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Tim Carroll

35mm Motion Picture vs DSLR Timelapse

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Would like to ask if anyone has experience comparing the quality of a traditionally done 35mm motion picture timelapse with the timelapse you can now do with many DSLR cameras.

 

The stuff I have seen online that was done with DSLR cameras looks a bit jumpy, flickery, and not as polished.

 

Anyone with experience with both who would like to share, I'd really appreciate it.

 

Thanks,

-Tim

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I've been wondering about this myself, Tim. On one hand the DSLRs will most likely produce a cleaner image than 35mm which may look nicer on HDTVs, however, they will lack the dynamic range of film, something that can be important when light drastically changes throughout the timelapse. Also (realistically)add jpeg compression to the mix (since shooting RAW will add space and processing time) and you have further image degradation on the DSLR end. So I'm not sure if there's a definitive answer on this.

 

The reason why the DSLR timelapse looks jumpy/flickery is because the person probably forgot to drag the shutter. Shooting at shutter speeds faster than 1/2 second will cause this stuttering motion when played back.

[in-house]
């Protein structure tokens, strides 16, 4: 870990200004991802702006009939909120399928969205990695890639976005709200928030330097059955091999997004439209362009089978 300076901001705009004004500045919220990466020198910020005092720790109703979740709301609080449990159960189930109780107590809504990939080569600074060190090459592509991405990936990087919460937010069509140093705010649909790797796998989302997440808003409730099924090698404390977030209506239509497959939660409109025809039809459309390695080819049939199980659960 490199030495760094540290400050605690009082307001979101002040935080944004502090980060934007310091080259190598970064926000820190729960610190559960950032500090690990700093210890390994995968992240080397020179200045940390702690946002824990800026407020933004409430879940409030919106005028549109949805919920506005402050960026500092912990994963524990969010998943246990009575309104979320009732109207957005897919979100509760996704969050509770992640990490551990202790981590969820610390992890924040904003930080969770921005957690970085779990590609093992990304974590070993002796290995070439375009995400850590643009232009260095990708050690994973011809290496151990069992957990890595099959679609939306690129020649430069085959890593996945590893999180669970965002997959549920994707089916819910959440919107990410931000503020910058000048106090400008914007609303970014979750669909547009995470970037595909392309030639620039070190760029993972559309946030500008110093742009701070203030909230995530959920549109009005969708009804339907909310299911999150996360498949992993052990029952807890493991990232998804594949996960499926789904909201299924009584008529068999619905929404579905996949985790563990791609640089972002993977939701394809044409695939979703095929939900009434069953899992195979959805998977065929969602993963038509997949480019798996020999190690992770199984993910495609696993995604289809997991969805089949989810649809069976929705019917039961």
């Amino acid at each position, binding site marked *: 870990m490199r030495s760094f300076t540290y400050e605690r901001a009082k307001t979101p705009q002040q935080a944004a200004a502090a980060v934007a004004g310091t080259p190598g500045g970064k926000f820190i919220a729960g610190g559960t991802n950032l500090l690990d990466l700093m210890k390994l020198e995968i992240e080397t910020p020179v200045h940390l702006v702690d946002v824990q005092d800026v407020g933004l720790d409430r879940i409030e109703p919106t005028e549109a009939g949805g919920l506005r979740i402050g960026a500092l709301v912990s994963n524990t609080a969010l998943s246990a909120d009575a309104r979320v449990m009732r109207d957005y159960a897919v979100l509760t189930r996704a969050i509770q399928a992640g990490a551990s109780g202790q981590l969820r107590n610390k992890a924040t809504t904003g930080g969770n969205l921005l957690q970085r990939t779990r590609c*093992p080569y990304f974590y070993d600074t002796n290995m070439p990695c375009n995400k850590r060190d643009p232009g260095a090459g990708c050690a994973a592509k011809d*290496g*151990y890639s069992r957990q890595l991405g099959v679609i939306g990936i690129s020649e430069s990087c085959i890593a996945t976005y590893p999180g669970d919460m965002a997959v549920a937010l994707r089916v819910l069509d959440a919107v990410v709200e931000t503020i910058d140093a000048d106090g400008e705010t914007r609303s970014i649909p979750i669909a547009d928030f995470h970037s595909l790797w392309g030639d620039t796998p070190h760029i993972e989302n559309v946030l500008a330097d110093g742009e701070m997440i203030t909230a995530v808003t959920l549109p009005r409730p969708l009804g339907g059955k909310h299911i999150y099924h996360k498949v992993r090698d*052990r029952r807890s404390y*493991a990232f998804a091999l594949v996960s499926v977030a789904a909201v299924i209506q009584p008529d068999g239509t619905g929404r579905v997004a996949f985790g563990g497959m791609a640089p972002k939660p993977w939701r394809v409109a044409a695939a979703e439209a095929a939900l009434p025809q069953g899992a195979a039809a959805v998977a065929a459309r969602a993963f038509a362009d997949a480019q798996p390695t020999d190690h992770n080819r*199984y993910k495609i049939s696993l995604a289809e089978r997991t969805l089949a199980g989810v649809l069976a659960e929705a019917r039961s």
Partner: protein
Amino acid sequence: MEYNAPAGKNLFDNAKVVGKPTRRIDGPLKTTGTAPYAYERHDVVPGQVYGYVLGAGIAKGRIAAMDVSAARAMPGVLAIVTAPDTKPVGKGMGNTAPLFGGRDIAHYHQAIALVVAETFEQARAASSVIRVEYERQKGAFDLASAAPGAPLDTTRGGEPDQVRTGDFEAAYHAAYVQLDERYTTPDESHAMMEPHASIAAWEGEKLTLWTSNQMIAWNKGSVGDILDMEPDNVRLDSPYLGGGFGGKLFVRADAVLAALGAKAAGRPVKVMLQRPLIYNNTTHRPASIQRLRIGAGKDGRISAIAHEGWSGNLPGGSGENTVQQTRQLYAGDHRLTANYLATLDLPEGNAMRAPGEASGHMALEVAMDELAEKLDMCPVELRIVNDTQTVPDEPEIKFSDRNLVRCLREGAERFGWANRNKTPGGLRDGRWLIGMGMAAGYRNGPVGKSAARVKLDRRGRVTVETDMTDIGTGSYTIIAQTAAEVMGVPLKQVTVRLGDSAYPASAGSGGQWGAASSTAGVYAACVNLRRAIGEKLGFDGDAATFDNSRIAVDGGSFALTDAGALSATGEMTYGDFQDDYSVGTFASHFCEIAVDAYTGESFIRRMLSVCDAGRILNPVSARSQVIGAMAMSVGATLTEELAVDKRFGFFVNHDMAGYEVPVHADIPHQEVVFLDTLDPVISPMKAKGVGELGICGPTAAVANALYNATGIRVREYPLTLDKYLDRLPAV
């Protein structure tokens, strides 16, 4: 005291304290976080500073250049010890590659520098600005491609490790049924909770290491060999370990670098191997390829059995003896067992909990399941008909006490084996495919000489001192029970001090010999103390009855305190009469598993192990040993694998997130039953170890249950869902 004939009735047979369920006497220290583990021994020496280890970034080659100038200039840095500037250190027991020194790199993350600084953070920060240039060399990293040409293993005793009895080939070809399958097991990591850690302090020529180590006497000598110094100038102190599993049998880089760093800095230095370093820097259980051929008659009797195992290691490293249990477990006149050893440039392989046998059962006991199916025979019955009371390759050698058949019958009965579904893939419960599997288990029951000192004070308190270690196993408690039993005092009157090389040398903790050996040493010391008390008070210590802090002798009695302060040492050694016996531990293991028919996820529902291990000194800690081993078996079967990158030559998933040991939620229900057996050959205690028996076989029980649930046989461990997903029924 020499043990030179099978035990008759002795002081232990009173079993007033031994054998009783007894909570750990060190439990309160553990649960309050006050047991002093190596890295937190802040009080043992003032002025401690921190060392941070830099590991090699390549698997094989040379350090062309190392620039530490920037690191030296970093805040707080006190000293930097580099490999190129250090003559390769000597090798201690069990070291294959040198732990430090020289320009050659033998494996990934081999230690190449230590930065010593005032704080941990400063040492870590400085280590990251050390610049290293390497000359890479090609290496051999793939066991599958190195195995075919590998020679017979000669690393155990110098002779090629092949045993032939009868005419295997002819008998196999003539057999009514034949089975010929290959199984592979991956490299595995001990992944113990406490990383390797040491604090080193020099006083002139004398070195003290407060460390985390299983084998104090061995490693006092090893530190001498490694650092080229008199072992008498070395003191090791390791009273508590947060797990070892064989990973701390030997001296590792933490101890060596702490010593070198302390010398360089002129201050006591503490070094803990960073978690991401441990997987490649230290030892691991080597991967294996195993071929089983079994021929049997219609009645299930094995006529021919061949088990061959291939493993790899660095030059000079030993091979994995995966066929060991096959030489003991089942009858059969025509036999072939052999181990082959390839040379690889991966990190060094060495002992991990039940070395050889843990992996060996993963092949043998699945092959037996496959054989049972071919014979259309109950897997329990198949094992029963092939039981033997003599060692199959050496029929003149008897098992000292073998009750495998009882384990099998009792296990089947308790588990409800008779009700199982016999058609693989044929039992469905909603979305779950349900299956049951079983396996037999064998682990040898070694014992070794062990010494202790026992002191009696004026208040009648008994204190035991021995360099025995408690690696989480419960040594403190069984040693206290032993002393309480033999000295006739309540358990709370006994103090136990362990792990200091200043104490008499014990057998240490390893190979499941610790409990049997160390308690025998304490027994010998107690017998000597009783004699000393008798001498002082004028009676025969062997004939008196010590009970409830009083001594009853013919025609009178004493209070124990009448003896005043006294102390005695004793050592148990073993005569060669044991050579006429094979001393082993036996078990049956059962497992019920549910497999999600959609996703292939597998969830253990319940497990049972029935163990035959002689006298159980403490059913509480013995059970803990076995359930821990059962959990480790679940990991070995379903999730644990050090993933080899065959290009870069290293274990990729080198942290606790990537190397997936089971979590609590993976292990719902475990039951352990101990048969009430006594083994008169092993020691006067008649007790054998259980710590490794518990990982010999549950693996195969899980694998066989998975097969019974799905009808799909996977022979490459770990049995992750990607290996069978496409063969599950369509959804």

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Of course, you can always shoot with a larger format than 35mm 4-perf, like 8-perf. or even 65mm 5- or 15-perf.

 

Comparing a DSLR to a movie camera is a totally unfair comparison.

 

The advantage of time-lapses is that they are very affordable when it comes to film stock consumption!

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I've been wondering about this myself, Tim. On one hand the DSLRs will most likely produce a cleaner image than 35mm which may look nicer on HDTVs, however, they will lack the dynamic range of film, something that can be important when light drastically changes throughout the timelapse. Also (realistically)add jpeg compression to the mix (since shooting RAW will add space and processing time) and you have further image degradation on the DSLR end. So I'm not sure if there's a definitive answer on this.

 

The reason why the DSLR timelapse looks jumpy/flickery is because the person probably forgot to drag the shutter. Shooting at shutter speeds faster than 1/2 second will cause this stuttering motion when played back.

 

 

What do you mean by "drag the shutter"?

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DSLR's will likely be set up to take near instantaneous exposures compared to the actual frame rate - in effect an ultra short shutter angle - in comparison a 35mm could be set up with a very slow motor and a heavy amount of ND to keep that smoother 180deg shutter angle effect.